How Does Blue Cheese Discovered

Blue cheese is made from the milk of ewes or cows. The story goes that blue or ‘bleu’ (as some would have it) cheese was discovered quite by accident in a cave. It had been left there and was found many days later covered with a greenish blue mold. To the amazement of the villagers, it wasn’t spoilt. Despite its acrid taste, the cheese was appealing to the taste buds. The idea of actually simulating the conditions and making the cheese was struck upon, and the rest is history.

Scientists explain that the penicillium roqueforti and the penicillium glaucum fungi manifest themselves as blue-green mold spores in cheese that has been left about for a while. Cheese makers have bettered nature and fashioned their own range of blue cheeses by following a variety of methods. Instead of waiting for nature to do its work, manufacturers inject the mold into the cheese, or alternatively introduce the mold into the curds, at the time when the curds are separated from the whey. Many makers of cheese still age the cheeses in caves, from where the idea of this type of cheese originated.

Roquefort is a cheese for emperors. In fact, it was favored by the great Charlemagne himself. The village Roquefort-sur-Soulzon had permission from King Charles VI way back in 1411, to be the sole manufacturers of the blue cheese marketed under the name Roquefort. It is one of the oldest cheese manufacturing centers of the world and a proud upholder of tradition. Although the manufacturers have altered the process by injecting the penicillium roquefort fungus into the cheese, they still age the cheese in limestone caves. The reason for the alteration in the method is to make certain that the mold spreads uniformly in the cheese. The main ingredient is ewe’s milk. The cheese has a label bearing the brand of a red sheep. If there’s no red sheep icon, you probably haven’t got the genuine article.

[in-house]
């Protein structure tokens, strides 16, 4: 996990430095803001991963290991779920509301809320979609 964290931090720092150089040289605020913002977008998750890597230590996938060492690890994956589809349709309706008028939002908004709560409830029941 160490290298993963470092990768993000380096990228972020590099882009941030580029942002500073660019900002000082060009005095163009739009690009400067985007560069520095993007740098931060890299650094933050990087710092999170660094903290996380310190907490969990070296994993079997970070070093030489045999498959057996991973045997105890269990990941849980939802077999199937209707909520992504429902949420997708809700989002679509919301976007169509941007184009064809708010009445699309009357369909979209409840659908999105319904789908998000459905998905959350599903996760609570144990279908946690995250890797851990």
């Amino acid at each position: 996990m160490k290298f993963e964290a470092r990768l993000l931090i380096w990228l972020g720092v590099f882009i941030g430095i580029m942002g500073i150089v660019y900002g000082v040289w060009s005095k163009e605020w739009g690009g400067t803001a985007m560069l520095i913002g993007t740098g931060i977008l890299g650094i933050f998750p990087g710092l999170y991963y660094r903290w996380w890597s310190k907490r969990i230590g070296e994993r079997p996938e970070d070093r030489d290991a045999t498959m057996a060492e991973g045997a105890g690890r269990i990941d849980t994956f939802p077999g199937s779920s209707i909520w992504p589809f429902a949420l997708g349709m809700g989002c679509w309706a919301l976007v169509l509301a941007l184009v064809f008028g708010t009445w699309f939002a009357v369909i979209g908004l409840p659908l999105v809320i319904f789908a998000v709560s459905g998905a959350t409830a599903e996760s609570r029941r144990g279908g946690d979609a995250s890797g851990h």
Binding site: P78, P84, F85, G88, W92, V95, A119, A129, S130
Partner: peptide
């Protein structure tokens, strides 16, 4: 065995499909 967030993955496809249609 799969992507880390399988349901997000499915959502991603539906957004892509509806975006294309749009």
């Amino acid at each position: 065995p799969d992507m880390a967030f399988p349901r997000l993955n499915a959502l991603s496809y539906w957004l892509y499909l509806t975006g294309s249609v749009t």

Stilton is a rich cheese, with a flavor all its own. Strange as it may seem, this cheese is not processed in Stilton, a village in Huntingdonshire, England. It was on sale at the Bell Inn, the local pub in Stilton, hence the name. Made from the milk of local dairies in Derbyshire, Leicestershire and Nottinghamshire, this is probably the most popular of blue cheeses in England, and dates back to 1720.

The sharp flavored Gorgonzola is a semi-hard cheese. Maytag and Danablu are other varieties of blue cheese.

Any gourmet will agree that blue cheese is among the world’s finest cheeses today. The cheese with blue veins running attractively across it has a distinctly strong and pungent flavor that makes it uniquely different from any other cheese. You have to acquire a taste for blue cheese, it is true, but once you’re hooked it’ll be the only cheese in the world for you.

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About The Author, Melinda Carnes -
Melinda Carnes is a staff writer at Everything Gourmet and is an occasional contributor to several other websites, including Coffee Enthusiast.